Rhodes, Gilliland and Burton on the outside looking in, hoping to win at Michigan to get into playoffs

2018_michigan_ncwts_august

By Eric Young

BROOKLYN, Mich. — With the top eight drivers making the playoffs at the completion of Saturday’s Corrigan Oil 200 at Michigan International Speedway, running fifth, sixth and seventh in points should make drivers feel pretty secure. 

But with the “win and you’re in” system in NASCAR, Ben Rhodes in fifth, Harrison Burton in sixth and Todd Gilliland in seventh are on the outside looking in. The three will miss the 2019 Gander Outdoors Truck Series playoffs unless one of them wins Saturday at MIS. But all three drivers said during media availability Friday that they like their chances. 

“We go to the racetrack every weekend thinking we will (win),” Rhodes said. “I’ve got total faith in our team. We had a really good meeting this week and spent probably more time than ever on this truck getting it ready for this weekend.”

Rhodes said even if the team misses the playoffs, it will remain in a good position. 

“If we weren’t able to get in, we would have the advantage all year long to collect wins off of fuel strategy, pit strategy, for the rest of the races,” Rhodes said. “We’d be at a big advantage, but we really don’t want that. We’d rather be in. We’re going to make the win happen one way or the other. I have nothing to lose tomorrow, so we can play the Kyle Busch strategy. When he comes into our series, he doesn’t have to worry about getting stage points. We’re not worried about any stage points tomorrow. The only thing we’re worried about is the checkered flag. And it’s pretty much a checkers or wreckers situation right now, and that’s the way my crew chief feels about it, my team feels about it. We all feel the same way about it, so we just have to make it happen.”

Rhodes has the most to lose by clinching a spot in the playoffs though, as doing so would knock teammate Matt Crafton out, and knock Grant Enfinger out of the lead in owners points. 

“The 98’s leading the points right now,” Rhodes said. “He’s doing so well. It’s frustrating to see how that’s playing out, certainly been kind of an interesting, weird year, from that aspect. A lot of guys have got in with those one good nights that they’ve had, and I don’t think they’ve really been performing that well since.”

Harrison Burton said his team has been taking every weekend racing for wins and nothing more, so this weekend won’t be much different for him. 

“That’s kind of our mission every week, which is fun, I guess,” he said. “Which is good because not much has changed and we can go into the weekend and have the same mindset that we normally do, and just have to come out and win and make it happen. There’s a few moments in your career where you have opportunities to make something cool like this happen, so hopefully as a team we can take advantage of that and go win one.”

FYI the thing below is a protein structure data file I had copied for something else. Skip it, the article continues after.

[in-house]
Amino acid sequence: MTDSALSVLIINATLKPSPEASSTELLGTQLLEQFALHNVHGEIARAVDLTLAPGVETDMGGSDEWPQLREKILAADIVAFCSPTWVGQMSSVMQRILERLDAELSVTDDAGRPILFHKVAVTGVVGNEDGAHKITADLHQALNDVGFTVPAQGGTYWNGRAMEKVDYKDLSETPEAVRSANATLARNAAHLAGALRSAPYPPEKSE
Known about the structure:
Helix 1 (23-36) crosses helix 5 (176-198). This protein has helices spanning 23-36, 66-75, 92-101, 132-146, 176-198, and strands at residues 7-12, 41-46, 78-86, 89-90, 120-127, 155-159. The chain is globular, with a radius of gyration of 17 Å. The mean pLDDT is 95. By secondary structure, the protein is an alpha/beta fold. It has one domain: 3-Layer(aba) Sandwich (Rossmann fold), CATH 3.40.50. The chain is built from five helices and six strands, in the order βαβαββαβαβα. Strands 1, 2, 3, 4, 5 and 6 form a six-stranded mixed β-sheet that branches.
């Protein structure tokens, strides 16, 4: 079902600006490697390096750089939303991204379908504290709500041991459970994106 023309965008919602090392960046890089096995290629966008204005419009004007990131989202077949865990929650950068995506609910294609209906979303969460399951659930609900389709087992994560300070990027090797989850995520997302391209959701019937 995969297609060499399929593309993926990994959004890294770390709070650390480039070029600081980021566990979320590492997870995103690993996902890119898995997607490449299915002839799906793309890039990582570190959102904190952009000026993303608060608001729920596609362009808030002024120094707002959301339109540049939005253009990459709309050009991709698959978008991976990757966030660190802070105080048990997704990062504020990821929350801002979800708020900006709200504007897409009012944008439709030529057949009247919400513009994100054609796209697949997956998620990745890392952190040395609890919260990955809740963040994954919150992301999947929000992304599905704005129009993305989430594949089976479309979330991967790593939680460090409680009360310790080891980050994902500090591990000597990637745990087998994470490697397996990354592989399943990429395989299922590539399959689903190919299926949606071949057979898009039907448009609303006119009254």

He said he likes his chances at MIS. 

“Definitely,” he said. “This is a really racey racetrack. I think KBM has been really good here in the past. They ran really good here last year. I know Kyle has run really well when he’s run, and it’s been fun to watch him race here. This place puts on great races, especially in trucks. Everyone’s drafting and dicing it up, so as long as we’re in the mix toward the end, I think that we can make it happen.”

Todd Gilliland has one run one race in the truck at MIS, but he started second and finished fifth in the 2018 race. 

“I’m really excited,” Gilliland said. “If anything else, it’s an opportunity to put yourself in front of a big crowd here this weekend, do something that we all hope to do. Hopefully we can go out there and just have another strong run and be there at the end. I think that’s the thing. You basically position yourself the entire race just to have a shot at the end.”

Gilliland has been close, but has yet to get a win in the truck series, which has drawn criticism from his team owner, Kyle Busch. Gilliland said he feels like he’s close, and will eventually get over that hump. 

“I hope so,” he said. “I don’t know what it’s going to take to get over that, because I’ve said it before, I think once you get that first win, things come a lot easier, just because you’ve been there. Then you know what it takes.”

The Corrigan Oil 200 starts at 1 p.m. Saturday. 

Follow me on Twitter all weekend for updates from the track. 

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